In an era before fibre optics and before satellite transmission really got going, you moved signals across the country in point-to-point hops from one transceiver to the next, and the Tower was the centre of the network.
But I’m pleased to report a small return to form. The picture on the left I took in mid April 2012. The picture on the right was taken on 2 May 2012.
Spot the difference (apart from the weather) There’s a new white microwave antenna – the tower is beaming long-distance signals again! 47 years on, it still performing its original purpose.
Interestingly, the new dish isn’t located in the traditional gallery, but much further up the tower which means it probably has a range of around 25-30 miles depending on the power output. It’s facing west, which takes it out to about Slough.
The diameter is about 2 meters, so a significant sized dish.
It’s highly likely that this link is being used by a company other than BT, but if you know any details, let us know in the comments.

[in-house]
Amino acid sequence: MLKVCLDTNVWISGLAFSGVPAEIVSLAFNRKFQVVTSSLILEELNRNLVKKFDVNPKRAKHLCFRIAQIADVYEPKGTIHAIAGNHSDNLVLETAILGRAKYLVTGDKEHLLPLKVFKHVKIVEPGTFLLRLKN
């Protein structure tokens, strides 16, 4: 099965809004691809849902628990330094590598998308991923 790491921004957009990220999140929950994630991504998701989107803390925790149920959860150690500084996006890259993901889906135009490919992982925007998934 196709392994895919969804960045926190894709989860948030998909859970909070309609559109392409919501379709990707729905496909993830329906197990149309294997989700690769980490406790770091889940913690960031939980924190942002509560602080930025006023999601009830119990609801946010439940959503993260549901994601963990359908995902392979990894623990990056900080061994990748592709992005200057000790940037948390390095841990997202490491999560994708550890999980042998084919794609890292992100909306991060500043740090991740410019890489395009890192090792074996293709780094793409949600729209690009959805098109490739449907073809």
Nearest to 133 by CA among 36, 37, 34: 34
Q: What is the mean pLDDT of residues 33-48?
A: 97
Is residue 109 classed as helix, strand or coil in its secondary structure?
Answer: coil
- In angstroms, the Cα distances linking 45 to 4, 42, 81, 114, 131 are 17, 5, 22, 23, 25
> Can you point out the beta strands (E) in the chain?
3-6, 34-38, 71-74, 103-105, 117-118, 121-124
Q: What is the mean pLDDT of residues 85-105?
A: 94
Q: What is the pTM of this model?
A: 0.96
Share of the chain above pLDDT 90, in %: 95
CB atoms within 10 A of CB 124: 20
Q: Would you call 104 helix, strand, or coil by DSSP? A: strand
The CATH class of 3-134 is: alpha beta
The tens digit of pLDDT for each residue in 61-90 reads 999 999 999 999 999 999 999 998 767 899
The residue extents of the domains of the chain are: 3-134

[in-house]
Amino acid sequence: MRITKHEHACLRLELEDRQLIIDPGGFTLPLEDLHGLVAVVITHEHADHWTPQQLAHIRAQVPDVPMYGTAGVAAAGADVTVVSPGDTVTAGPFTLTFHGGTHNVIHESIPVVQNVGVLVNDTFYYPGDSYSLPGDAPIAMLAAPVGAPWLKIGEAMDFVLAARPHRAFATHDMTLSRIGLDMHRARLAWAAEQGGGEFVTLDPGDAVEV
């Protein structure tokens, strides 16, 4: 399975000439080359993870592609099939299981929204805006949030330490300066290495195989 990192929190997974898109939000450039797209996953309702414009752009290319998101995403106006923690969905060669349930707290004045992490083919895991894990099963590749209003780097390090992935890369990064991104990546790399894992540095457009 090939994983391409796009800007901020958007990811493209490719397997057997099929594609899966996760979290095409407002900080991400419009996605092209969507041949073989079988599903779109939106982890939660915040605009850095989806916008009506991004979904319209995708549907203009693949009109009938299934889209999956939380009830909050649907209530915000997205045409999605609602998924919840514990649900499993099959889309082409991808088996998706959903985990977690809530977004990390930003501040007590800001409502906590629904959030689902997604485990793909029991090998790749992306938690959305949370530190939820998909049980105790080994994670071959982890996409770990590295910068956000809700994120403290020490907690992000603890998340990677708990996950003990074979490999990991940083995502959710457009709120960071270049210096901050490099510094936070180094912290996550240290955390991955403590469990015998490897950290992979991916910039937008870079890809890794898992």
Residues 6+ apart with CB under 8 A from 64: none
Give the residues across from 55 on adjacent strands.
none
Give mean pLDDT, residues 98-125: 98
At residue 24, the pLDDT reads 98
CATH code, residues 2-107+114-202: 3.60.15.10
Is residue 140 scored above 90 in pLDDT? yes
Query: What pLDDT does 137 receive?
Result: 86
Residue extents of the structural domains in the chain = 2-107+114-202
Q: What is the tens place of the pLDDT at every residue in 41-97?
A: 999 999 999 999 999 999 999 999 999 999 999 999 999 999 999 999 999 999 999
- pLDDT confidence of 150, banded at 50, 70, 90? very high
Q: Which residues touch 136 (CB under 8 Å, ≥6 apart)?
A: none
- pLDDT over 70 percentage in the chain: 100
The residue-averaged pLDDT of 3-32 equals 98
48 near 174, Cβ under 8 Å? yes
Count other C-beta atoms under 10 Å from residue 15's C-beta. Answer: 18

Restructuring doesn’t just affect paper
I’m a huge fan of time-shifted and downloadable radio. I currently have 12 regular ‘must listens’ on my phone at any one time and they’re brilliant accompaniment for walking to and from train stations as well as drowning out other people’s overly-loud personal music choices once you’re on the train.
But my ‘must listen’ count has just reduced by one. The Guardian has decided to drop its regular business podcast. This is a shame, because at a time when I feel we need more analysis of business, there’s slightly less choice now.